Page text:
See how the pros handle the critical balance between the bass and drums. Learn where, when, why, and how EQ should be used on virtually any instrument. Become proficient in tailoring just the right effect for each particular mixing situation. And master the key to fat and punchy sounding mixes: compression. Tune in every Thursday for a new tip!
- The Abbey Road Studios reverb trick
- Secrets to a powerful and punchy mix
- Using compression like NYC pros
- Listening tips and tricks used by the world's best mixers
- How Van Halen gets their guitar sound
- Making vocals shine
- Adding excitement to boring pad tracks
- Setting up your mix to get the best results in the least amount of time
Skill Level Beginner
- [Instructor] Often times effects just aren't called for on a certain track, but we still need it to sound bigger. A delay less than 40 milliseconds is so close to the original source, that we don't distinguish it as a repeat, and that's called the Haas Effect. Here's how we can use the Haas Effect to make just about any mix element much larger than life. So, first of all listen to the song with no effects whatsoever. ♫ This ain't no luau it's a motorway ♫ Some kind of landfill with a prostrate - [Instructor] Now, really what we want is something on the vocal here first.
So, we're going to work on that. Here's what it sounds like solo. ♫ This ain't no luau it's a motorway - [Instructor] Now what we're going to do is add the Haas Effect, and the Haas Effect is anything less than 40 milliseconds. So, right now we have two 16th notes, and I'm just going to randomly pick a couple of very very short delays, I'm going to say 10 milliseconds on the left side, and 15 on the right. Now, these have no relation to the track, we're not timing it, I'm just picking two kind of normal times that we've used for this, and I'll let you hear what it sounds like, it's very unique.
First of all, let's bring this up. Now watch. ♫ This ain't no luau it's a motorway ♫ Some kind of landfill with a prostate - [Instructor] Now all of the sudden we widen things out, actually, I'm going to widen them even more here. Listen. ♫ This ain't no luau it's a motorway ♫ Some kind of landfill with a prostate - [Instructor] Listen in the track. ♫ This ain't no luau it's a motorway ♫ Some kind of landfill with a prostate ♫ You better clean up you Messerschmitt ♫ I ain't doing it - [Instructor] And what we've done is we've widened it out without it seeming like there's effects on it, and really that's what we're trying to do, we're trying to put it more in your face, and we're trying to make it bigger than life without any effects whatsoever, but actually there is an effect, you just don't know it's there.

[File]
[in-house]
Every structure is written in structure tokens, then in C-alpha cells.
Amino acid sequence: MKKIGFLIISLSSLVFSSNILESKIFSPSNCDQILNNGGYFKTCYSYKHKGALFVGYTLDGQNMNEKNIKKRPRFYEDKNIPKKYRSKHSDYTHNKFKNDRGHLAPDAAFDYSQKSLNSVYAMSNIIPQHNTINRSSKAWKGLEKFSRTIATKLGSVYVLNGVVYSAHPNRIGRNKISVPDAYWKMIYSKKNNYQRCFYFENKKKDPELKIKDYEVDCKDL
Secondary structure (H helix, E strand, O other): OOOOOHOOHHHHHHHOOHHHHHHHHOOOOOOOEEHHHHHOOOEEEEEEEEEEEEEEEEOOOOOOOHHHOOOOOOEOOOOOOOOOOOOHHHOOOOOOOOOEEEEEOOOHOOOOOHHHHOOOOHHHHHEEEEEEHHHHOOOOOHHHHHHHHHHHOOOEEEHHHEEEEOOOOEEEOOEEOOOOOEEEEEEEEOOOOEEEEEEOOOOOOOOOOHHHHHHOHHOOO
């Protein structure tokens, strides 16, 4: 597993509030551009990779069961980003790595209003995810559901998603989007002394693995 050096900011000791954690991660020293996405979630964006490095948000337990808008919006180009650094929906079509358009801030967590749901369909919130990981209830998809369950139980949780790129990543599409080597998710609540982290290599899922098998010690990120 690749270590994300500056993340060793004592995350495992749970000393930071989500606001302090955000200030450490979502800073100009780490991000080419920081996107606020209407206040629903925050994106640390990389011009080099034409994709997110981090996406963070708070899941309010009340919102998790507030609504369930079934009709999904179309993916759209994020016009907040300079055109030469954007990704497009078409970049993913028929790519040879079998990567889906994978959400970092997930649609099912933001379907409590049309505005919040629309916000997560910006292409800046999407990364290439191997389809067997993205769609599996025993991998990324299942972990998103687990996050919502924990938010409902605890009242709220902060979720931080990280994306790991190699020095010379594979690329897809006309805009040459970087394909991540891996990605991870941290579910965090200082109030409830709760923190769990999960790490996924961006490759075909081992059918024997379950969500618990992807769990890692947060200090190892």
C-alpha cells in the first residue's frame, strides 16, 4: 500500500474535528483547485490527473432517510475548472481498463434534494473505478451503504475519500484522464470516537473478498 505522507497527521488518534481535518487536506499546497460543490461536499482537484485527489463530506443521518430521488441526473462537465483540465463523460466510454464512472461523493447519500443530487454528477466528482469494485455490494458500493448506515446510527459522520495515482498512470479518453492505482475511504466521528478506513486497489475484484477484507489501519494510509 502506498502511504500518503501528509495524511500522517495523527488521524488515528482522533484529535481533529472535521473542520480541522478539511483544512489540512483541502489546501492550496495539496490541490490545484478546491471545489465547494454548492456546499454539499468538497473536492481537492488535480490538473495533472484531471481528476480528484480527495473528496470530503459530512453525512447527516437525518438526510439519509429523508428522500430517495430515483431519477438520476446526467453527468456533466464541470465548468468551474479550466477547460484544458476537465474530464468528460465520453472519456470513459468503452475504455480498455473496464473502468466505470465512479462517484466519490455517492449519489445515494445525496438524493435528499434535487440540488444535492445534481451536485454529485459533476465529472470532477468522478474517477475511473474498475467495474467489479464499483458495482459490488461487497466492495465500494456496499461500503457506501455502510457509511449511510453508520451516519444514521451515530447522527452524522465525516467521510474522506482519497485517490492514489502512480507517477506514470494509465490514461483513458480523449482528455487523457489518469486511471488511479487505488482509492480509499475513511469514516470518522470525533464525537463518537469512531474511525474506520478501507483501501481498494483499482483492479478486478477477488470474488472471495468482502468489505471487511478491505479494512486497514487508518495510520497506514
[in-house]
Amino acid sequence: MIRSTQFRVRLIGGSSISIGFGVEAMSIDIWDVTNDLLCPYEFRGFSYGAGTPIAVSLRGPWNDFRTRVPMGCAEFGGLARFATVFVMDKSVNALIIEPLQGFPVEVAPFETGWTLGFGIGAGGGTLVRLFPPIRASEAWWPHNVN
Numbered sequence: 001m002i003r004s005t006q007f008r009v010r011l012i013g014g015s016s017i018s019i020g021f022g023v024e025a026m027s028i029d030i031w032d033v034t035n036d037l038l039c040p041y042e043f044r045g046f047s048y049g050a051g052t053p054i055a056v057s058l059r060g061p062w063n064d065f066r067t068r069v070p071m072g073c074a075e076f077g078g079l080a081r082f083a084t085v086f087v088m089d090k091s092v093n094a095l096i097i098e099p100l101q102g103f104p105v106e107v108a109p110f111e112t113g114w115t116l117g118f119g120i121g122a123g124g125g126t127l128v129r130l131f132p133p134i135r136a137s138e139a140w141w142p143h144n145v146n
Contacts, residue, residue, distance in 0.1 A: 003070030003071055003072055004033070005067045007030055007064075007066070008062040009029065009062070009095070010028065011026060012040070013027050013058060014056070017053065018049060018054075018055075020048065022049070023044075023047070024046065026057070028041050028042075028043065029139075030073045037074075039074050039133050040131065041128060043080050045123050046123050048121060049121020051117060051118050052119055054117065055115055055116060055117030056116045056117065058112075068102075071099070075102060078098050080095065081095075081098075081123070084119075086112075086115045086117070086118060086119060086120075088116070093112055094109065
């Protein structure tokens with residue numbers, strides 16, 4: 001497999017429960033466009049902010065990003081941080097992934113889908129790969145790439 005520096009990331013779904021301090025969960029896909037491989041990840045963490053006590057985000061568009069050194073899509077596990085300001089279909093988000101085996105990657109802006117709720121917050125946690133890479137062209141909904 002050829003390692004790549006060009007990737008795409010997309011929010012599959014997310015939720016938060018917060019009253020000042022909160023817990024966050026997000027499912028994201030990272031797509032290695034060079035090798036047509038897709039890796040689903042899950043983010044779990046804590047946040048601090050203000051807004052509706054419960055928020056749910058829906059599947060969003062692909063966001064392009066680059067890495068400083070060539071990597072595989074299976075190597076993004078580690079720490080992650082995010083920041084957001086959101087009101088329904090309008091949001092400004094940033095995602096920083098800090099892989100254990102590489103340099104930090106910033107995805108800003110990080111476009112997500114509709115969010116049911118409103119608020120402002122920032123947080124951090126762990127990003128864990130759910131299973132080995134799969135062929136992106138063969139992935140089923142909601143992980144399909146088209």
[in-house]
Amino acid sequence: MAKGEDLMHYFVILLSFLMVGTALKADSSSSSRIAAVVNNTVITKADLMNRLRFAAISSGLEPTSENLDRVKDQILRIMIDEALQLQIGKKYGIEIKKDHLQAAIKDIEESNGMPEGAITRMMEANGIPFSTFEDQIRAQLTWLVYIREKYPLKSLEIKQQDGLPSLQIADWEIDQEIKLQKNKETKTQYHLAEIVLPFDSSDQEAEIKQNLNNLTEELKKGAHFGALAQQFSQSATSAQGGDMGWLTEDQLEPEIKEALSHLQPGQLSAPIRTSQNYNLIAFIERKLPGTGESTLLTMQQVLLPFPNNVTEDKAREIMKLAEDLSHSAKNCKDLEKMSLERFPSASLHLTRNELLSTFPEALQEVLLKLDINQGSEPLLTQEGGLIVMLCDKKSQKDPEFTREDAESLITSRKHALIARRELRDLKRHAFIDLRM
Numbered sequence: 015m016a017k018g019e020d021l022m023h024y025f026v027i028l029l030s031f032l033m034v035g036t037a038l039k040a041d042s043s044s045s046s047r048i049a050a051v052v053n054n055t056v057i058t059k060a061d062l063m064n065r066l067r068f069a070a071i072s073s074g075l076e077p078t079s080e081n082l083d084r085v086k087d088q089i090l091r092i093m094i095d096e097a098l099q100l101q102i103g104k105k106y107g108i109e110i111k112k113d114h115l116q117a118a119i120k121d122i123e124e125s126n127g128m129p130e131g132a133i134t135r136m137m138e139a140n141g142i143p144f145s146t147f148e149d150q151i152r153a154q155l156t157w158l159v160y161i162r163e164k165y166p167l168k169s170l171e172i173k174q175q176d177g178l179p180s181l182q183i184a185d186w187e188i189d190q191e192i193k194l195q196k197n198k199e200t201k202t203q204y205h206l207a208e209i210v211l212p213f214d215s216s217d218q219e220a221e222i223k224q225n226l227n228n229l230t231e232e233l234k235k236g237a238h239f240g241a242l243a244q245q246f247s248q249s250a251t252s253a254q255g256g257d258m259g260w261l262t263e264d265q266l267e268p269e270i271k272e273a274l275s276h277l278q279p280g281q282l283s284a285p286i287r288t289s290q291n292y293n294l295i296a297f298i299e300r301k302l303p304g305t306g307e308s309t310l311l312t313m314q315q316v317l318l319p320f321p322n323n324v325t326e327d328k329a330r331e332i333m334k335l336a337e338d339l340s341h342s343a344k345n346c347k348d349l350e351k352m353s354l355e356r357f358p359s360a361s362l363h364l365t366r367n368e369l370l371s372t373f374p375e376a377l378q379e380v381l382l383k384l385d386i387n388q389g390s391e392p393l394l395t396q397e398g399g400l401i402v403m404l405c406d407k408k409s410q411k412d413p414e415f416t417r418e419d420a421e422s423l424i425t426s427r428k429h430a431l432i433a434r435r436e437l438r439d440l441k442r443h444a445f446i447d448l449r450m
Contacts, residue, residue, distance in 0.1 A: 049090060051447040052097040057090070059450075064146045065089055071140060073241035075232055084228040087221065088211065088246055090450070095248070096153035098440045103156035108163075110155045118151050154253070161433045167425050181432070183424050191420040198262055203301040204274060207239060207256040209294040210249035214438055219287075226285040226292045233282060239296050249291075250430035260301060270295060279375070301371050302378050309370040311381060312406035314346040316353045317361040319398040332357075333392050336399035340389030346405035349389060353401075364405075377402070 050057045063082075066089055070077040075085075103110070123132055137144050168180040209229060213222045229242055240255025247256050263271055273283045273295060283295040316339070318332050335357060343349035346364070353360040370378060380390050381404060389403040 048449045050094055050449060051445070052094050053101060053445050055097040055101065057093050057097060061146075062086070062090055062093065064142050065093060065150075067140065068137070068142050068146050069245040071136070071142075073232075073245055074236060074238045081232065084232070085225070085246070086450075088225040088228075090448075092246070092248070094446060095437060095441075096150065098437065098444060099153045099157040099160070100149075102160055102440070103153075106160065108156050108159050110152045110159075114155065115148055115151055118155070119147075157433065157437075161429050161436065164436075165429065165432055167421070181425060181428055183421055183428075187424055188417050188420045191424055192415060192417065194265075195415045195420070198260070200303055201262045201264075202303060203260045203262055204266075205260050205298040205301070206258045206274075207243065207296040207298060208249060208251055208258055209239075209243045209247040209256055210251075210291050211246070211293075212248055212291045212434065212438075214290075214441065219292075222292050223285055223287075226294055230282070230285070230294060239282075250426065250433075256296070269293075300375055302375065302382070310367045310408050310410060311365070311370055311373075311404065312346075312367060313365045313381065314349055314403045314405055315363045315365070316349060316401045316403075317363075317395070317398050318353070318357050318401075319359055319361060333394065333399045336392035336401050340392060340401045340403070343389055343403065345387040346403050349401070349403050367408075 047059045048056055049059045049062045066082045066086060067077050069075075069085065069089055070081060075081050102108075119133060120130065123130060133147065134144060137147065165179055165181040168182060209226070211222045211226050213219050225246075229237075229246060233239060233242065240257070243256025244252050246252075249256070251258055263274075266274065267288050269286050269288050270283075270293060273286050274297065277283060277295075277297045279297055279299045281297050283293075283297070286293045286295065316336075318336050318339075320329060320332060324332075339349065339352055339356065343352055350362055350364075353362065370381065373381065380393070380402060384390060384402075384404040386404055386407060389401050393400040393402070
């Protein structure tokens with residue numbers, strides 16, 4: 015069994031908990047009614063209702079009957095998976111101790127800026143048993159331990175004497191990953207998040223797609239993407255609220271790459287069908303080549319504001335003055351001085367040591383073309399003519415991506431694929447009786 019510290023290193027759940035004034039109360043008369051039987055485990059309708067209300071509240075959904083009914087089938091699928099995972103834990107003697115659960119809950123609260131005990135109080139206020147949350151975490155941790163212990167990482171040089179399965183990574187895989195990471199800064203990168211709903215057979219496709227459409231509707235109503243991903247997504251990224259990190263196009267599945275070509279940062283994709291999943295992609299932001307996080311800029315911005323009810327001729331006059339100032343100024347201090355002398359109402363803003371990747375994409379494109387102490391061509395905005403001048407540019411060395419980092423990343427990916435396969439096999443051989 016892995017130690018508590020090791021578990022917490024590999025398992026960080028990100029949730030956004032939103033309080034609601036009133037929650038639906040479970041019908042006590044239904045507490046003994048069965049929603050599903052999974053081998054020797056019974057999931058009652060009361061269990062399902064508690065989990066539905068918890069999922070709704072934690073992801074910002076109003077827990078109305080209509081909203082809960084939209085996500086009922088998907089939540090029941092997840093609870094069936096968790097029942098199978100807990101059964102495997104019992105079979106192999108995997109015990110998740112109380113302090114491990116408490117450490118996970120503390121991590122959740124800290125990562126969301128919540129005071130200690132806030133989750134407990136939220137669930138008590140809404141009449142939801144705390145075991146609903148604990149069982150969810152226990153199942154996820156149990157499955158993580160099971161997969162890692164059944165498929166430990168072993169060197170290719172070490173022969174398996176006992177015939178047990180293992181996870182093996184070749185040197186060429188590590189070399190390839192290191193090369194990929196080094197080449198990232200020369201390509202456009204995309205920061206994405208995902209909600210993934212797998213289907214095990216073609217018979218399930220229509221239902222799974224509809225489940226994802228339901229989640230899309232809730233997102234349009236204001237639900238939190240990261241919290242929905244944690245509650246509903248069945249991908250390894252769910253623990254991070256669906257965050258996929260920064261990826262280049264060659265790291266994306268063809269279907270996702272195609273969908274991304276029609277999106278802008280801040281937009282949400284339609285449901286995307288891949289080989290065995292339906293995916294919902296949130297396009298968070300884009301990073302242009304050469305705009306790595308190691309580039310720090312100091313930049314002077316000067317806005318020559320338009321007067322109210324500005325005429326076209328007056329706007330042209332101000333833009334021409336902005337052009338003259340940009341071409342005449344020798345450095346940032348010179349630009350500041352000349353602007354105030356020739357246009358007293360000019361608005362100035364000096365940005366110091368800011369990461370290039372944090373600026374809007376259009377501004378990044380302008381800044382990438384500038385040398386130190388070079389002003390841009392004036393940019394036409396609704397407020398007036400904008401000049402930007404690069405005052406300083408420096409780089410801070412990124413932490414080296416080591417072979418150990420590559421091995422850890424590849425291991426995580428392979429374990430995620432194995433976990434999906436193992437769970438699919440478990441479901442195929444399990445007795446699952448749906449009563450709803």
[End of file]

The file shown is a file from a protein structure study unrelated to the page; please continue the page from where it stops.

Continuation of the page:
What happens if we actually time something to the track? Well, first of all, this is a 129 beats per minute, and a 16th note is 116.28 milliseconds, so, if we cut that in half, we get 59 milliseconds, 58 and change, and if we cut that in half again, what we get is 27 milliseconds, and if we cut that in half we get 13.5 and let's just say it's 14, so what we're going to do is we're going to say let's put 14 milliseconds on this side, and we'll put 27 on this side, now listen.
♫ This ain't no luau it's a motorway ♫ Some kind of landfill with a prostate ♫ You better clean up you Messerschmitt ♫ I ain't doing it - [Instructor] And what we have now is something that actually sounds a little better, it's longer but it's timed to the track, so it feels better, and it's funny because even though we don't hear those Haas delays as individual repeats, we can feel it. We don't hear it as a repeat, but there is something that's different about it, and it's wider and it sounds better to us.
No matter what, even at those short delay times, it still matters if we time it to the track. To set up the Haas delay trick, first set a delay to either 10 milliseconds, or time it to the track. Make sure that the delay isn't set higher than 30 milliseconds or you'll hear it as a separate repeat, which is what you don't want. Now pan the delay to the opposite side of the intended track, or use a stereo delay instead and set one side to 10 milliseconds and the other to 15 milliseconds.
You can also time each delay to the track, once again keeping each below 30 milliseconds. If you want, you can add some modulation to the delay for a thicker sound.